Russians and Belarusians who qualify in their sport for the Paris 2024 Olympics can take part as neutrals without flags, emblems, or anthems at the event next year, the International Olympic Committee (IOC) said Friday.
The athletes had initially been banned from competing internationally following Russia's invasion of Ukraine last year.
In March, however, the IOC issued a first set of recommendations for international sports federations to allow Russian and Belarusian competitors to return and they have since done so in most events.
"The Executive Board (EB) of the IOC has decided that Individual Neutral Athletes (AINs) who have qualified through the existing qualification systems of the International Federations (IFs) on the field of play will be declared eligible to compete at the Olympic Games Paris 2024 in accordance with the conditions outlined below," the Olympic body said in a statement.
"Individual Neutral Athletes are athletes with a Russian or Belarusian passport."
The neutral athletes from Russia and Belarus will only compete in individual sports and no teams for the two countries will be allowed to participate in Paris.
The IOC, which in October suspended the Russian Olympic Committee for recognizing regional organizations from four territories annexed from Ukraine, also said athletes who actively support the war in Ukraine would not be eligible.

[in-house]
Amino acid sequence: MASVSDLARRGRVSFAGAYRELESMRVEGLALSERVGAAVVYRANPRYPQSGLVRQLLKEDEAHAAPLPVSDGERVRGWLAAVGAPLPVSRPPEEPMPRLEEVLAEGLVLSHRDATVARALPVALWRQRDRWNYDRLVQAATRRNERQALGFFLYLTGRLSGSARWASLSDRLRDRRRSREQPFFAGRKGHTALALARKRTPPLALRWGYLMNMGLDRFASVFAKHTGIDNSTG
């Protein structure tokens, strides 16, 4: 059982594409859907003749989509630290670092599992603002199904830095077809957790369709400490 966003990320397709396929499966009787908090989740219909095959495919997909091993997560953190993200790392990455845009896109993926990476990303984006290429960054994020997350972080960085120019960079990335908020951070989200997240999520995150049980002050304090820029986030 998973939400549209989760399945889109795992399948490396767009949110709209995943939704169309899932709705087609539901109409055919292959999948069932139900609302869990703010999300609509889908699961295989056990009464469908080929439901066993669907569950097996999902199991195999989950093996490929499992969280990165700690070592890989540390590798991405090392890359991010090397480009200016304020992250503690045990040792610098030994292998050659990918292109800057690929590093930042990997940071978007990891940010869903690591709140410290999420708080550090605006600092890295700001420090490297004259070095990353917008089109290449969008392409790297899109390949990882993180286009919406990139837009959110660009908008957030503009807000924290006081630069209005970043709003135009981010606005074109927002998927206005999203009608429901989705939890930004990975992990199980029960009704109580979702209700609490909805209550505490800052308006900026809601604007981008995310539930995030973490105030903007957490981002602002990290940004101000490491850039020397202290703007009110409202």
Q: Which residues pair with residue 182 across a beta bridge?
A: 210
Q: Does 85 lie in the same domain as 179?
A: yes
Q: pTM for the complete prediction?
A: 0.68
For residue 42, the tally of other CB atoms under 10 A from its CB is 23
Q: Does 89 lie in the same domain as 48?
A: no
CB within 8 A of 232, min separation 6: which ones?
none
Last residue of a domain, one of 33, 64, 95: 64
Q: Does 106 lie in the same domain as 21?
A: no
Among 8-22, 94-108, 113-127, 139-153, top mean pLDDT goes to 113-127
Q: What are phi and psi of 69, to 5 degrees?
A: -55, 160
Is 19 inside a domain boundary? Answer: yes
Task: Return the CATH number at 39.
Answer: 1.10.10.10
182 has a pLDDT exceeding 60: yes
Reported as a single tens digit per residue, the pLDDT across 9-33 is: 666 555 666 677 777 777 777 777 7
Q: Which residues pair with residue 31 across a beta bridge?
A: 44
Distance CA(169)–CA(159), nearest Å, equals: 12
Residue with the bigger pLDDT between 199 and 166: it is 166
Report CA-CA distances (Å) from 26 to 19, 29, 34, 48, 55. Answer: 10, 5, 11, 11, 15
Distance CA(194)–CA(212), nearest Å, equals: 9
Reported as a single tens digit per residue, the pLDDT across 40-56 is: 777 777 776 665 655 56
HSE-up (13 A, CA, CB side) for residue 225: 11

It also said no Russian or Belarusian government or state official would be invited to or accredited for Paris 2024.
But athletes, it added, should not be punished for the actions of their governments.
"The protection of the rights of individual athletes to participate in competitions despite the suspension of their National Olympic Committee is a well-established practice, respecting human rights," the IOC said.
Ukraine has opposed the presence of Russian competitors, even as neutrals, at the Paris Olympics.
Out of 4,600 athletes globally who have qualified for the Paris Games so far, eight are Russians and three hold Belarusian passports.
More than 60 Ukrainians had qualified. A total of about 11,000 competitors will take part at the Games next year.
Athletics, the Games' biggest sport, already had a long-standing ban on the Russian Athletics Federation due to the country's state-sponsored doping regime, but it did allow a number of Russian athletes to compete as neutrals if they could prove a doping-free background.
However, that option was also removed after the Ukraine invasion, with all Russians and Belarusians banned – a decision that was upheld by this year's Council meeting.
World Athletics president Sebastian Coe said that "all athletes, coaching staff, personnel and the whole entourage – to use an IOC expression – are excluded from World Athletics series of events for the foreseeable future because of the Ukraine situation."
Coe said it would have been "inconceivable" for Russians and Belarusians to have competed in this year's World Championships in Budapest and, speaking about the issues faced by Ukrainian athletes, said in August that "it is an intolerable situation and that's why I won't be changing my views anytime soon."
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